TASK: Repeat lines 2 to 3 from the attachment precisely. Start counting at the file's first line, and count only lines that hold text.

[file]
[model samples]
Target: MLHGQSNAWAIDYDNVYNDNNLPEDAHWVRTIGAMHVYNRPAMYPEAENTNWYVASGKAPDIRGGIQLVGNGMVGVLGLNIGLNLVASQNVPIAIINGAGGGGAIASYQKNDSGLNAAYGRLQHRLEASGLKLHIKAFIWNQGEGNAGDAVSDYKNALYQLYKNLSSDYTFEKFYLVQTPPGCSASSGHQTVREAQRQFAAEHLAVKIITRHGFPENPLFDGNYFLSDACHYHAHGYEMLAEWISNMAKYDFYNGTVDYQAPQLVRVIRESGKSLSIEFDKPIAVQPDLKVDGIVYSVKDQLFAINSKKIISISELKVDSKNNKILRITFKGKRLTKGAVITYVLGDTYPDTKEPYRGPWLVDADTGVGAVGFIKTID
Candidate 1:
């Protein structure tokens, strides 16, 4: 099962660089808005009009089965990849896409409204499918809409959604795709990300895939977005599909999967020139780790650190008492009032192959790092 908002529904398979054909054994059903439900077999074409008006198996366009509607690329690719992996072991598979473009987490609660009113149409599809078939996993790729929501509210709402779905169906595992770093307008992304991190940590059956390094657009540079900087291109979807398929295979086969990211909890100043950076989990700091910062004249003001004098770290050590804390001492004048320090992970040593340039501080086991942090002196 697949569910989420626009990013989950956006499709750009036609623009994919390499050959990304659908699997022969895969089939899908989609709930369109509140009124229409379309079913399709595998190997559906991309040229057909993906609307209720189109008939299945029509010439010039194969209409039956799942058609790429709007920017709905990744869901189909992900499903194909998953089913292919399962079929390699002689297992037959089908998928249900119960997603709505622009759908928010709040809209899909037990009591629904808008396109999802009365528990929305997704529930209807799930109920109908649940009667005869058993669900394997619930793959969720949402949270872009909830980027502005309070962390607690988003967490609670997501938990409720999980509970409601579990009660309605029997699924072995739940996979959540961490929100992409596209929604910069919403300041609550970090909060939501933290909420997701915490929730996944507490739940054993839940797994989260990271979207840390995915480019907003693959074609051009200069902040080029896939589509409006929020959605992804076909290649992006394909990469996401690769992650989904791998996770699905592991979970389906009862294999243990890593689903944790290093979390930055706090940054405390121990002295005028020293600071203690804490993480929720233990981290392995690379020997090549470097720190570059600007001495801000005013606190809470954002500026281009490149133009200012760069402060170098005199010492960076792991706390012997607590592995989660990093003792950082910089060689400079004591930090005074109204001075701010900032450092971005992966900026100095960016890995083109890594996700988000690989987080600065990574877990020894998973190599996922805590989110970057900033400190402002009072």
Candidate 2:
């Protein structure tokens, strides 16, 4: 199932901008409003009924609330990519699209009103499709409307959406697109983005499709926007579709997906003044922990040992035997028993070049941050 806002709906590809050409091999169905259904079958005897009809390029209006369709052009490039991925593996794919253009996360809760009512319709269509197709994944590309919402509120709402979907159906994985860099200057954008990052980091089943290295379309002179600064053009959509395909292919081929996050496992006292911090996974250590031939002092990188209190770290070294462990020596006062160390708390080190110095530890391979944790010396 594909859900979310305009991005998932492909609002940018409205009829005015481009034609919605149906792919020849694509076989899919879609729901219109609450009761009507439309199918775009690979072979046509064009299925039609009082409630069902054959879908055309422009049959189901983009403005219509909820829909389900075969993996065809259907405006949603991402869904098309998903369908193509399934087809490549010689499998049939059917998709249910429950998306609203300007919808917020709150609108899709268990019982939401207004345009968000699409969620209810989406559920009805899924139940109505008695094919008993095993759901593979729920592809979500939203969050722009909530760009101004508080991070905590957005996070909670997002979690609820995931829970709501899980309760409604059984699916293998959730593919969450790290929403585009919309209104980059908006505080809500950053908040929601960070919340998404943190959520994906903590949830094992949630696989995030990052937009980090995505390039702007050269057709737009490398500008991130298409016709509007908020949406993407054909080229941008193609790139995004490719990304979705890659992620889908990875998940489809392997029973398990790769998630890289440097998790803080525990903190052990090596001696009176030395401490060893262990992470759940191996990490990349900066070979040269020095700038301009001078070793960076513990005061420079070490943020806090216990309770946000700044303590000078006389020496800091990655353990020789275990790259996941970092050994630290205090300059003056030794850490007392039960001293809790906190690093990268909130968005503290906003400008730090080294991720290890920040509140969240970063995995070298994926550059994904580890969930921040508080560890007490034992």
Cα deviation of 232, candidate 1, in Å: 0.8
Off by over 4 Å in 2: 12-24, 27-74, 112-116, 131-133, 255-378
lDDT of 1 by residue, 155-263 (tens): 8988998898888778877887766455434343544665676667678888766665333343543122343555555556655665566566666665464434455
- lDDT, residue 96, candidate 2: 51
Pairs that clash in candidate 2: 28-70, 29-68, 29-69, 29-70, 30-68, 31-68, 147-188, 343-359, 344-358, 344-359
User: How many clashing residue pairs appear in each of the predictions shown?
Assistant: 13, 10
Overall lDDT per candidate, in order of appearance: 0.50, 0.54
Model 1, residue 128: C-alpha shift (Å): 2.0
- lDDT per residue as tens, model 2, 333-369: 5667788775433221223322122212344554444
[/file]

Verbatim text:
Target: MLHGQSNAWAIDYDNVYNDNNLPEDAHWVRTIGAMHVYNRPAMYPEAENTNWYVASGKAPDIRGGIQLVGNGMVGVLGLNIGLNLVASQNVPIAIINGAGGGGAIASYQKNDSGLNAAYGRLQHRLEASGLKLHIKAFIWNQGEGNAGDAVSDYKNALYQLYKNLSSDYTFEKFYLVQTPPGCSASSGHQTVREAQRQFAAEHLAVKIITRHGFPENPLFDGNYFLSDACHYHAHGYEMLAEWISNMAKYDFYNGTVDYQAPQLVRVIRESGKSLSIEFDKPIAVQPDLKVDGIVYSVKDQLFAINSKKIISISELKVDSKNNKILRITFKGKRLTKGAVITYVLGDTYPDTKEPYRGPWLVDADTGVGAVGFIKTID
Candidate 1: